Part 4 – The Meditative Reflection of Flower Petal Mandalas
This is a four-part series on DIY flower arrangements and the mental benefits of floral therapy.
・Part 1 – Introduction to the Power of Flowers
・Part 2 – Floral Healing through Preparation
・Part 3 – The Art of Ikebana
・Part 4 – The Meditative Reflection of Flower Petal Mandalas
Flower Petal Mandalas – a Connection With the Universe
What if you don’t have a vase, or want to try a different kind of flower arrangement? A flower petal mandala is another wonderful form of flower arranging that involves mindfulness.
Have you heard of ‘Mandalas‘? Mandala means ‘circle’ in Sanskrit, and are sacred symbols used in meditation, prayer, healing, and art therapy. Mandalas originate in Tibetan Buddhism practice. Geometric configurations are made of crushed semiprecious stones and laid on a flat surface as an offering that symbolizes the universe. The mandalas are created by multiple monks intricately working together for several weeks. This process is a way to meditate on the impermanence of life, one of the important teachings in Buddhism. The completed mandalas also depict different stories and teachings of Tibetan Buddhism. As a ceremonial act, the beautiful sand mandalas are then swept into a pile, carefully transported, and released into flowing water streams in nature. This act symbolizes the hope of spreading the message of holy blessings to the world.
Different forms of mandalas are found across Buddhism, Hinduism, Jainism, Christianity, Shintoism, and other indigenous religions. A great traditional example of mandalas incorporating flower petals are found at the annual Hindu festival called Onam in Kerala, India. During their 10 day festival, a flower art mandala called Pookkalam is created slowly expanding in circle sizes as the days progress. They believe the floral carpet symbolizes the fights between demons and demigods, while the circle rings represent deities in Hinduism.
Mandala Art Floral Therapy
Why are mandalas used in floral therapy? Mandalas were made aware in therapy after Swiss psychologist Carl Jung introduced its use in his psychological studies. He believed in mandala art as a healing activity, a path to self-awareness, and a connection to the current psyche of a person. Since then, the mandala has been used in various ways within art and floral therapy. Studies indicate that mandala art therapy decreases anxiety and impulsive behavior while boosting mood, increasing cognition, and nurturing creative development. The slow attentive process to create mandalas in many rituals promote meditation and mindfulness by the sole act of it too.
DIY: How to Create a Flower Petal Mandala
- Gather a collection of floral picks, including branches, leaves, and rocks. We want multiples of the same kinds to ensure the creation of repetitive patterns.
- Find a comfortable space with a flat surface to create your mandala. This can be on the ground outdoors, on the floor indoors, on your desk, on a piece of paper, or even on a plate.
- Think about how you would like to use your materials. You can use just the flower petals, as Alisa Burke does in her video, where all the petals are pre-plucked. Or you may want to incorporate various materials including whole flowers like Well + Good demonstrates in their video. Online images and videos may help your inspiration.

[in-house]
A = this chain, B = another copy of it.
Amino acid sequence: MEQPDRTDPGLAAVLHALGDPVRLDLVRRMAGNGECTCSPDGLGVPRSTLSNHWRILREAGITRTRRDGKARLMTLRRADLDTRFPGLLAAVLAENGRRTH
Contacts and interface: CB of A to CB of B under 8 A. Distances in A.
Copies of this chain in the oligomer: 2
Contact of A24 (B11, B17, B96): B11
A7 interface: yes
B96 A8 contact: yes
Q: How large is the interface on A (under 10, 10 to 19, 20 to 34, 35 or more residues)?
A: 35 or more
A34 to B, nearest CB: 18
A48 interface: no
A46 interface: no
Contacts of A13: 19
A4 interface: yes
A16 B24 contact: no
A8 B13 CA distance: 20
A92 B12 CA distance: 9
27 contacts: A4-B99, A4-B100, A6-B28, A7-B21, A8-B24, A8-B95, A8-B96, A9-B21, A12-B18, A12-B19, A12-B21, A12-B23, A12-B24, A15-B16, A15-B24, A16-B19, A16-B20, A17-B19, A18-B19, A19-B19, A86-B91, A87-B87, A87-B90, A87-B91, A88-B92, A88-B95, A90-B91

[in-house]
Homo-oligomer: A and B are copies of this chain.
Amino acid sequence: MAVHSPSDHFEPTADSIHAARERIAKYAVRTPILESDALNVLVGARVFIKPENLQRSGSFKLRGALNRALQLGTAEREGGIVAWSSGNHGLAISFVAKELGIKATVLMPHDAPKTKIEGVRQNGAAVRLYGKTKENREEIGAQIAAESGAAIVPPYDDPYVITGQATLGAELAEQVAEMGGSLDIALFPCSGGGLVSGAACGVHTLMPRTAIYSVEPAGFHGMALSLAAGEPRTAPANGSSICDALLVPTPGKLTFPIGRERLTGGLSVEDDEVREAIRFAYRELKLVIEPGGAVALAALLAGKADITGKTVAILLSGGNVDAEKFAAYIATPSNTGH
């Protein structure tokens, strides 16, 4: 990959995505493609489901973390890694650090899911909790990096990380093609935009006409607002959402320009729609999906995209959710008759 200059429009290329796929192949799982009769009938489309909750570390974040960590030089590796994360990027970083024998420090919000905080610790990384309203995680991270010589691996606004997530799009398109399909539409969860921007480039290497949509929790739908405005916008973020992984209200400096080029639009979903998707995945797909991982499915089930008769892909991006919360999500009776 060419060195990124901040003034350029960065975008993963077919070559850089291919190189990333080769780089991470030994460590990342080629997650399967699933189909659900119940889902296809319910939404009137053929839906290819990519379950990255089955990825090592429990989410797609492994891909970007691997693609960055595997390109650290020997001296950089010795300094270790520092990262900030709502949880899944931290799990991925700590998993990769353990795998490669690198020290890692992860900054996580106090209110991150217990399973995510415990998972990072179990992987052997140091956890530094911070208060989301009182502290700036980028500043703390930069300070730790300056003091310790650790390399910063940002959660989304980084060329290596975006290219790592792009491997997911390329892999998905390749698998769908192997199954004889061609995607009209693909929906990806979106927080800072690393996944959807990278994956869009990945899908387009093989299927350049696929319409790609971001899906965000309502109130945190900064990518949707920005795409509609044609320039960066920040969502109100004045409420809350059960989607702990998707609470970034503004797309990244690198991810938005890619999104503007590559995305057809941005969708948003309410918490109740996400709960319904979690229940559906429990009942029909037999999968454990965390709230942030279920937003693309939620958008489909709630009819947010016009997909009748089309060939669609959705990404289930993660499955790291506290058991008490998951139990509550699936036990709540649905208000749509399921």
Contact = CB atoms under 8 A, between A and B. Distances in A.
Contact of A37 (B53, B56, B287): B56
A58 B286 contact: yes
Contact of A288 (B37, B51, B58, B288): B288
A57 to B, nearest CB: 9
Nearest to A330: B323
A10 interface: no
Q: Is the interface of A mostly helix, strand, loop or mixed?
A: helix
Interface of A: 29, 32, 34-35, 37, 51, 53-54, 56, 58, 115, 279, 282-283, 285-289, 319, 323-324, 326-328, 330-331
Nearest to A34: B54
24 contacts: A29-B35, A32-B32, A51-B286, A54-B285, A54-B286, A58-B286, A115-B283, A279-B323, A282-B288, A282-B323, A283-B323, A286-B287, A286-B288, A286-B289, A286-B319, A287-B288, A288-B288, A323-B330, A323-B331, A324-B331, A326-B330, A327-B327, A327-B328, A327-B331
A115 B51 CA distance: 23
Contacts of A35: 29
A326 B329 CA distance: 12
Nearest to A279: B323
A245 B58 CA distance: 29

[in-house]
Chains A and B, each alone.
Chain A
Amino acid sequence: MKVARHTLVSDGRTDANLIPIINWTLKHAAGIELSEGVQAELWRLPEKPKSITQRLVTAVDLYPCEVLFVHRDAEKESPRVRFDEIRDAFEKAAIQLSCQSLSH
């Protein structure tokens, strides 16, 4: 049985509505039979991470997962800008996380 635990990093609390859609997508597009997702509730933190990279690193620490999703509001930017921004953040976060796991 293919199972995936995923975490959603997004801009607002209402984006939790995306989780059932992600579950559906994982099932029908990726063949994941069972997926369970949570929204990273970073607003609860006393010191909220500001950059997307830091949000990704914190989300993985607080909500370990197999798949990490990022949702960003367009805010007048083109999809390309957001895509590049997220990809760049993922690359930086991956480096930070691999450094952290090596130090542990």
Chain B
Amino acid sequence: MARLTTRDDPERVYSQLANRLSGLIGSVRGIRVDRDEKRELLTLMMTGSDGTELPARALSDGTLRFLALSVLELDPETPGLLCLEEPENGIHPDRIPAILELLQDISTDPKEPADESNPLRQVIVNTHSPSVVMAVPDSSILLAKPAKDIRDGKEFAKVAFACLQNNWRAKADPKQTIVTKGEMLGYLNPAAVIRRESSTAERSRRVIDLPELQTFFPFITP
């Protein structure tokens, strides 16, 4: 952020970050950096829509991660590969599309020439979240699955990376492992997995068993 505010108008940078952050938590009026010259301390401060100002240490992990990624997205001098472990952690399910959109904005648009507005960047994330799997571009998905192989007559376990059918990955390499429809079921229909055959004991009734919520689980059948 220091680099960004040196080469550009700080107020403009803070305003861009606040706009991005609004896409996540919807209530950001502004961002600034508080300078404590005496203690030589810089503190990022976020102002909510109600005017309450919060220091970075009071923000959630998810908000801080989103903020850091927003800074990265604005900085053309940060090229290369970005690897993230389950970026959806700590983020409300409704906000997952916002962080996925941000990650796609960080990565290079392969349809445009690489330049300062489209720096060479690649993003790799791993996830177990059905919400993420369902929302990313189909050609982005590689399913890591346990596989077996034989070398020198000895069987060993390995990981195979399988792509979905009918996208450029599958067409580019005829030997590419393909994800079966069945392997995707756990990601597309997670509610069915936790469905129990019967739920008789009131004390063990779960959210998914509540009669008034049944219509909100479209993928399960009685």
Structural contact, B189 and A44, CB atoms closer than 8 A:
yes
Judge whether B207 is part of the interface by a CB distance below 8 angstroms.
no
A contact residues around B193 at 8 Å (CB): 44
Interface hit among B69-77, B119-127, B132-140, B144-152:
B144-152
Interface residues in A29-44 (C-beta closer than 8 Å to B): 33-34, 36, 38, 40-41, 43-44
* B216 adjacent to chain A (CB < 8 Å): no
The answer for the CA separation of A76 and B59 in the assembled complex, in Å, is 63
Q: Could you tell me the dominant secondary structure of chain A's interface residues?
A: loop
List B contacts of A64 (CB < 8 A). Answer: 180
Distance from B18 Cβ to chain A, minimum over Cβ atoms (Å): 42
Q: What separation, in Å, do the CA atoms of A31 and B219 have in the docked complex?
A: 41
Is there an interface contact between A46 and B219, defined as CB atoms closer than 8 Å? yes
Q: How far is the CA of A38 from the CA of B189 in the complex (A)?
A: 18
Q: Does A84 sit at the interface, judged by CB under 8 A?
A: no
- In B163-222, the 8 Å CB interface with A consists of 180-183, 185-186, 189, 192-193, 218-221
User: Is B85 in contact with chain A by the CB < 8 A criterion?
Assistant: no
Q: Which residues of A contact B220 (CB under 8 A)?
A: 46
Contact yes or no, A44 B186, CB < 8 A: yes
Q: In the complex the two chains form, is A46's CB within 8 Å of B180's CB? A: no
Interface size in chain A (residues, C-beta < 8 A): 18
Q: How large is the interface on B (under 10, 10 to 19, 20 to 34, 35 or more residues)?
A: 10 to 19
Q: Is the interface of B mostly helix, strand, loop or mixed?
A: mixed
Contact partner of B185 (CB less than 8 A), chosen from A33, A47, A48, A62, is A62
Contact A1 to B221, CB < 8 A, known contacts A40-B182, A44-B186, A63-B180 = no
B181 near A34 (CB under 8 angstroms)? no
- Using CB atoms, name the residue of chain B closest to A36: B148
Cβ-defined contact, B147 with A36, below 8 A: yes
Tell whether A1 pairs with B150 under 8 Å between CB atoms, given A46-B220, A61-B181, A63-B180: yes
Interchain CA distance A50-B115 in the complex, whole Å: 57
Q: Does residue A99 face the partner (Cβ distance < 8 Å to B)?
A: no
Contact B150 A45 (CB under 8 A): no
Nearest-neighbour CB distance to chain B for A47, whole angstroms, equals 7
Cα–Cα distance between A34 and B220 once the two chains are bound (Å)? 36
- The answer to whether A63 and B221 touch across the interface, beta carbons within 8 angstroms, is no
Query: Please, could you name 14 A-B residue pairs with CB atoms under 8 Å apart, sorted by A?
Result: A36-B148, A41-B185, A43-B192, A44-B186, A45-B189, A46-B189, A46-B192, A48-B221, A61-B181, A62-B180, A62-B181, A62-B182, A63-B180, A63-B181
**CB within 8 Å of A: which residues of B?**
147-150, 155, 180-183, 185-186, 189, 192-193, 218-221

- Create a relaxing environment where you can concentrate on the process without any distractions.
- Start from the center and work outwards, creating a circle.
- Make sure to keep a symmetrical design throughout. It can be helpful if you divide the circle into sections with grids.
- As soon as you finish, sweep away the flower petal mandala or leave it in nature to wither away. The whole point is to enjoy the process, appreciate the beauty nature offers, and accept the impermanence in life.
Embracing Impermanence in Floral Therapy
You may feel the want to preserve your flower petal mandala when you finish. After all, we did previously mention the sole benefits of displaying floral arrangments, and you’ve spent so much time making it. However, a great part of the benefit and lesson this mandala activity offers is in the ephemerality of it.
Embracing impermanence is an essential value in Buddhism as well as positive psychology. We as humans have a tendency to try and hold on to things, whether it be objects, status, money, relationships, memories, emotions, etc. For many, ‘change’ is sometimes a fear factor, where preservation and permanence of a situation can seem important. We can try to liberate ourselves by letting go of our desire to control and accept seemingly negative situations when they occur. Becoming less reactionary to fleeting circumstances will help us gain the stability, perspective, and clarity we need to move forward. The capability to handle forthcoming transitory aspects in life, whether good or bad, is a strength to aspire for. As much as it may seem a small part of the exercise, letting go of your beautiful flower mandala at the end is the part that teaches us these perspectives of life.
I hope this four-part series, DIY Floral Arrangements as a Therapeutic Art Practice, was helpful in understanding the therapeutic power of flowers and floral therapy. There are so many ways to go about enjoying DIY floral arrangements and hopefully some of the ideas here can enhance your experience and perspective for your future projects. Even if you don’t feel like making one yourself, it can be fun to just think about the origins of flowers and the arranger’s intent when you spot at an arrangement next time.
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